The Australian Council of Superannuation Investors is pledging to vote against company directors who aren’t doing enough to cut carbon emissions.
ACSI’s policy change would see directors measured on whether they meet climate risk-management targets by 2022, in a move bound to put further pressure on industry to do more for the environment.
It comes as new research shows the environmental firepower of the superannuation movement is increasing.
Researcher Rainmaker has found that 71 per cent of superannuation money is now held in ESG (environment, sustainability, governance) investment overlays. That’s more than $1.6 trillion.
Those overlays restrict funds from investing in companies and industries failing their environmental and governance benchmarks.
In many cases the overlay covers all investments in the fund, which means that if you choose their growth or conservative option, for example, your money will be within the ESG parameters.
Some funds also have a separate ESG option and if you invest outside that you would not be covered by the overlay.
ACSI’s new policy stance will see it push ASX200 companies to clearly outline how they plan to reach net-zero emissions by 2050, so that they may comply with the Paris climate accords.
It’s a stance with a sting in its tail.
“Not all companies have listened to investor expectations and, in many cases, the pace of change is moving too slowly,’’ ACSI chief executive officer Louise Davidson said.
“In order to increase the focus on climate-related risks in the companies [in which] they invest, ACSI may recommend members vote against the re-election of directors.”
That is not just an idle threat as ACSI’s 37 investor members own on average 10 per cent of all ASX200 companies.
But while ACSI is serious about sanctioning companies, it will hold its trigger finger in check initially.
Action against laggards “will be done on a case-by-case basis,” the umbrella group said.
Votes against directors will only “occur following extensive engagement”.
However, any action will be highly targeted at those most accountable for oversight of climate risk.
Company chairs, as well as risk committee and sustainability committee chairs, are most likely to find themselves in the gun from 2022 when ACSI ramps up its climate oversight.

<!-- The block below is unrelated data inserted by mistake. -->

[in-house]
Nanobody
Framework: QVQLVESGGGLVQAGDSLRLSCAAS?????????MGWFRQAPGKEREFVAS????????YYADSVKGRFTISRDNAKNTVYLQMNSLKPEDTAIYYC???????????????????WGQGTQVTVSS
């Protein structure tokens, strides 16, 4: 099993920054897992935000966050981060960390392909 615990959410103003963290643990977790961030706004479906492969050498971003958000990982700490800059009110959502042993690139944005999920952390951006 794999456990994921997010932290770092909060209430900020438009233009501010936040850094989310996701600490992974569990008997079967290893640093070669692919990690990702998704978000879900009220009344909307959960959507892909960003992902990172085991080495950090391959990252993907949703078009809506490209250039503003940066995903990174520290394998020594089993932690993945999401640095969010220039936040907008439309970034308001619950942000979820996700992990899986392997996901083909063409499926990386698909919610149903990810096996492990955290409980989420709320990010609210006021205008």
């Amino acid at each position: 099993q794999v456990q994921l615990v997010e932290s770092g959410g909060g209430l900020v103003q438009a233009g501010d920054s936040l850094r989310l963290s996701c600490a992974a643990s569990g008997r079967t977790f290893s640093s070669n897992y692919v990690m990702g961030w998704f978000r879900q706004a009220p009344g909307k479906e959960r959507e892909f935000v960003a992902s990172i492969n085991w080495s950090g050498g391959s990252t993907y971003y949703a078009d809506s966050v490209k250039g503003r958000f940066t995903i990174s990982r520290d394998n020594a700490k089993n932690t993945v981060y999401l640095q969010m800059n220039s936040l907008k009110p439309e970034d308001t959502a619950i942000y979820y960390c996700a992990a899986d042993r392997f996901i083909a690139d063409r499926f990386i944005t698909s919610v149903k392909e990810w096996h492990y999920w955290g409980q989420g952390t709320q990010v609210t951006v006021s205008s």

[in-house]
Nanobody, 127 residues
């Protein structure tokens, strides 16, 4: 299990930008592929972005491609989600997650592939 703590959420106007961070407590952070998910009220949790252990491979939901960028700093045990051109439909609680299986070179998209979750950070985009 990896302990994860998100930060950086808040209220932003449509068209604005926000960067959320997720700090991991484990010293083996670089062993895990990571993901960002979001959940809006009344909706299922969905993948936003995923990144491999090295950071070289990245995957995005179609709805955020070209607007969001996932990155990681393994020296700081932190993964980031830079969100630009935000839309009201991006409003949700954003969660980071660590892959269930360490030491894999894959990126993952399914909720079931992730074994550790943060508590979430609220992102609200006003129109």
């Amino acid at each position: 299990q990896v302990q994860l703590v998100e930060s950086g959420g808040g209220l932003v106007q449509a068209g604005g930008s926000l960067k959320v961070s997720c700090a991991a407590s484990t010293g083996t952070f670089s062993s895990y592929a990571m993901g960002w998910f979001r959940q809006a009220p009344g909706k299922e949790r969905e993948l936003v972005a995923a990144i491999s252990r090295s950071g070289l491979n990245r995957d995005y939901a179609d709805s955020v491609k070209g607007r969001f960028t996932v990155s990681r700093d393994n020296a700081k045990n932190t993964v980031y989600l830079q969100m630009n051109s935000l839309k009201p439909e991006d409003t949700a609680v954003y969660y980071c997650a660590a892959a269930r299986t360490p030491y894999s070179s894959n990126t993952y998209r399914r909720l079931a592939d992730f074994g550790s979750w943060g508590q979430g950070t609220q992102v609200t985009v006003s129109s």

More ESG funds
Rainmaker CEO Alex Dunnin said the ESG overlay on super funds was growing strongly.
“Two years ago it was closer to 50 per cent. But a lot of big funds have moved into the space and we have groups like AMP, Colonial First State and AustralianSuper now with an ESG investment overlay,” he said.
Although the move to ESG principles is to be encouraged, Mr Dunnin said “defining what an ESG fund is can get a bit fuzzy”.
“Full transparency is not always there because not all funds fully declare what they are invested in,” he said.
However, ESG funds were far more likely to disclose.
Only one-third of all super funds disclose their portfolio holdings, but 75 per cent of ESG super funds practise at least some form of portfolio holdings disclosure.
Shares are more likely to be disclosed, with 90 per cent of ESG funds declaring most of their equity portfolios.
But transparency is weaker for other investments, with only 30 per cent of ESG funds declaring details of bond holdings and less than half disclosing their specific property holdings.
Not-for-profit funds dominate the ESG superannuation space, accounting for more than 70 per cent of ESG funds in that segment.
ACSI’s move was supported by Will van de Pol, a campaigner at progressive think tank Market Forces.
But Mr van de Pol said funds already had the power to take action and should not have to wait until 2022 to move.
“Voting against directors is a very useful tool – one that definitely should be used when companies are failing to address climate change,’’ Mr van de Pol said.
“It is something that is available to trustees at the moment and I would hope that where companies are falling short and directors are responsible for climate failings, funds ought to be pulling that lever immediately, including at upcoming annual general meetings this year.”
ACSI’s focus will be on energy, transport, materials and mining, which account for about 30 or 40 companies in the ASX200.
Mr van de Pol said those sectors “are really heavily exposed to transition risk”.
Some companies, particularly in the energy sector, are failing to keep up with decarbonisation timetables and are actually moving in the opposite direction and increasing fossil fuel output.
Mr van de Pol said in those instances “trustees should be not just voting against directors but pulling every lever at their disposal to ensure they stop exacerbating climate risk”.
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